All advisors have different mentoring styles and different personalities. Despite these differences, everyone is busy and wants to get the most out of individual meetings with their lab members. Here are a few things that I think would help increase the efficiency of meetings within any lab.
1. Think of meetings as your one-on-one protected time with your advisor. These are (hopefully) free of distraction, so you have the undivided attention of your PI on you and your project. Don’t wait for your PI to initiate the discussion and ask you questions. Take the lead and come to the meeting with your own agenda for what you hope to accomplish.
2. Start the meeting with a recap of what you discussed previously and what you’re currently working on. While you have been thinking and working exclusively on your project, your advisor has been thinking about your project along with projects of at least half a dozen other people. That’s not including percolating grants, teaching and other responsibilities. I often find that I sometimes can’t immediately recall details of what was discussed with someone 24 hours previously. If you start the meeting with a brief mention of the previous discussion and a reminder of the strategy that was put into place, this will prevent your PI from wasting the first half of the meeting trying to get oriented.
3. Keep the amount of time allocated for the meeting in mind. If you have a 30 minute meeting scheduled, it is unlikely that there will be time to discuss everything on your mind. Pick the top three issues that are pressing or holding you back so that those are sure to get covered during the meeting. Important: This will force you to decide what you can/should figure out yourself and what you absolutely need input on from your PI. Never waste your meeting time on asking questions you can easily look up yourself or that you really need to read/learn/understand before discussing with your PI. If you are coming in with data, what is your interpretation and thoughts about how to proceed? If the experiment failed, what is you view about why it failed and what might be improved next time? What are any exciting new ideas you have been thinking about? Be prepared and come to the meeting with an opinion. Your PI may not always agree with you but will be thrilled to argue/discuss with you in detail.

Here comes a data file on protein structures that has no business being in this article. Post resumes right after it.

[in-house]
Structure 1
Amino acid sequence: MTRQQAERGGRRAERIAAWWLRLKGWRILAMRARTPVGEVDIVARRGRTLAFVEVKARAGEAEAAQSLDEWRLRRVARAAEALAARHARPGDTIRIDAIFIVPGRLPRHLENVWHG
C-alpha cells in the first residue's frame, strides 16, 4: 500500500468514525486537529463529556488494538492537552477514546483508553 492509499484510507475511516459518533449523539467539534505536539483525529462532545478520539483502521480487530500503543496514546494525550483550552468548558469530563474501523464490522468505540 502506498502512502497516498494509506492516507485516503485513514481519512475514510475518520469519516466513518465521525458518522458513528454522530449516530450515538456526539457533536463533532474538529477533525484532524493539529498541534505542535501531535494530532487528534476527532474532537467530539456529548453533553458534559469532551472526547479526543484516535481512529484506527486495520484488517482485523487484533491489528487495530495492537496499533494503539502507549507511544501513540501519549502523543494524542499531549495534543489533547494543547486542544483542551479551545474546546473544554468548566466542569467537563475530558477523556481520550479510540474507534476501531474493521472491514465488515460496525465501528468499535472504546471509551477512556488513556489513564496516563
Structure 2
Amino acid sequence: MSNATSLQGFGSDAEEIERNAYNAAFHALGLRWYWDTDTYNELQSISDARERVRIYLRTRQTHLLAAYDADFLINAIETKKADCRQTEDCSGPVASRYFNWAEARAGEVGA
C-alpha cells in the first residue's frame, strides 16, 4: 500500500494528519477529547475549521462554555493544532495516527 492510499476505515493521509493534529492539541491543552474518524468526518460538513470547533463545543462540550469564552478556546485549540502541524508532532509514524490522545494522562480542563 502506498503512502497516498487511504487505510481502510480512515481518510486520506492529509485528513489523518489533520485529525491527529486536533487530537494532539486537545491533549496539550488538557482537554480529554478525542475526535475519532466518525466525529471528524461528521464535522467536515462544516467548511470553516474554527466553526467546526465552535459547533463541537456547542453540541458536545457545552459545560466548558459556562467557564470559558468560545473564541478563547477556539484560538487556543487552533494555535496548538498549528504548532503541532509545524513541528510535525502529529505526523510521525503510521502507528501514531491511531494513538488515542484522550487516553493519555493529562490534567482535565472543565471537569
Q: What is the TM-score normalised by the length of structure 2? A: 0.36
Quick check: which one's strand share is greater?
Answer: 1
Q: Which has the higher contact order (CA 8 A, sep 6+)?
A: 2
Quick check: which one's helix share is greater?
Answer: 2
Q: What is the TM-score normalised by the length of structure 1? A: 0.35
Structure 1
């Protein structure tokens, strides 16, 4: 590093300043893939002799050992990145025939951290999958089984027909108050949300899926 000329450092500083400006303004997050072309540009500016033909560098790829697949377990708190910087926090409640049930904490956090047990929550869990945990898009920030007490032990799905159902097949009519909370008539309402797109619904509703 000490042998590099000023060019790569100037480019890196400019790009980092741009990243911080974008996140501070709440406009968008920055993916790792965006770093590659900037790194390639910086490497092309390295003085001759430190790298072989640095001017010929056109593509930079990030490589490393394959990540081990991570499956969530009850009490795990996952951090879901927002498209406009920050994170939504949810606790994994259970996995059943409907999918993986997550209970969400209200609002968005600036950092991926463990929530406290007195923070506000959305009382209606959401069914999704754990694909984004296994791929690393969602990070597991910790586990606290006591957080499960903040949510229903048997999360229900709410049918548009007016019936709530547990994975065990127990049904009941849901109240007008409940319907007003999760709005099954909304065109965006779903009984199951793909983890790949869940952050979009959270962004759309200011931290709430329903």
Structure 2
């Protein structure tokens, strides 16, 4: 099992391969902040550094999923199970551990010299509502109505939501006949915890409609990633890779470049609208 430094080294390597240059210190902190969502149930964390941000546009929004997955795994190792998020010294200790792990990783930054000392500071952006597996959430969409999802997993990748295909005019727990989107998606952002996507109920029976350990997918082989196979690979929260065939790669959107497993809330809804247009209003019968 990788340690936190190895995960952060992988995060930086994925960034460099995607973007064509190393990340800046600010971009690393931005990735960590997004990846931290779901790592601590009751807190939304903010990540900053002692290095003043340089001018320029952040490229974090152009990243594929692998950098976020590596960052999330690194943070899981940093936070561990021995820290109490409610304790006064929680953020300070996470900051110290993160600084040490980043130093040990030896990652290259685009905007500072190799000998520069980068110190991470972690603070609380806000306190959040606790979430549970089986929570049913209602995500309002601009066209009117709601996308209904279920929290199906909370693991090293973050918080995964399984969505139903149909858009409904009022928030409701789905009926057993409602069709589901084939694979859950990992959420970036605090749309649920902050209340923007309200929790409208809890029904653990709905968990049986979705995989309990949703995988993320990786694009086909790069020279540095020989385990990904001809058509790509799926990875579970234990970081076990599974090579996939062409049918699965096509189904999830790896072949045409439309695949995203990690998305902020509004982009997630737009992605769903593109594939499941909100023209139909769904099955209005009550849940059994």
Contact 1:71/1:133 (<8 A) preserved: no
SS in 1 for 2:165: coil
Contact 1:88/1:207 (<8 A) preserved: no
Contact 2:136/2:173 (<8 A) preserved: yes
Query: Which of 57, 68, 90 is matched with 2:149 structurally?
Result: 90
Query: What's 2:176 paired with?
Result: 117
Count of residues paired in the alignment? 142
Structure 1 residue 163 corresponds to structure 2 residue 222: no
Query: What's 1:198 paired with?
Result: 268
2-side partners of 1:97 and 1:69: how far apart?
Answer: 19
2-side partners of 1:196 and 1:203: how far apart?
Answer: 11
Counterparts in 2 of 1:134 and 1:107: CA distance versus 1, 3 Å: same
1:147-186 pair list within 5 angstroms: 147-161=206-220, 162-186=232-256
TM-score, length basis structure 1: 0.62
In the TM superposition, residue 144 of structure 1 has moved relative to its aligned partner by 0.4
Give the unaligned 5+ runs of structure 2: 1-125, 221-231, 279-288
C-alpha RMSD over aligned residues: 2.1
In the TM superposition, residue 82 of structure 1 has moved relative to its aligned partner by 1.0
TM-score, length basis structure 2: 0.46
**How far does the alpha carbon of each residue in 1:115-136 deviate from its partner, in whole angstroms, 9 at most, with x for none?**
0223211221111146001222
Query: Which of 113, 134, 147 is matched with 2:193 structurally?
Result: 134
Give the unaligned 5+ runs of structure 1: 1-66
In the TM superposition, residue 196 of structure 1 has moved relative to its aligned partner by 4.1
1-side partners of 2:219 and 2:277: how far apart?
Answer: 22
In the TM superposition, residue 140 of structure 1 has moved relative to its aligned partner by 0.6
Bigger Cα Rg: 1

4. In addition to your top scientific questions, remember to bring up any other issues that are pertinent to your progress, career advancement or well being. Are any issues in the lab (lack of resources, disruptive colleagues, logistical issues) slowing you down? This is not a gossip session but if something is affecting your progress or happiness in the lab, your PI wants to know/help. Are you concerned about whether you are on track to achieve the next step in your career path? Do you have a personal issue that your advisor needs to know about? Do you have question on how best to strategize for a particular goal? There may not be time to cover all issues, but you can set up another dedicated meeting if needed.
5. Often, people think of meetings as a time when they update their PI on what they’ve been doing to show they’ve been working/working hard. While your advisor may or may not be making this determination, this is not the purpose of the meeting. The purpose of the meeting is to discuss data and exchange information so that your project can progress more smoothly. Remember you and your advisor are on the same team. You both are excited about your project and want it to succeed. Both learning and progress are goals in the relationship with your mentor. I never recall being disappointed in an experiment that didn’t work if something was learned. I never recall being disappointed in progress if intellectual growth is evident.
In summary, remember that meetings are your protected time with your advisor and that there is much in your control that can make them as useful and efficient as possible.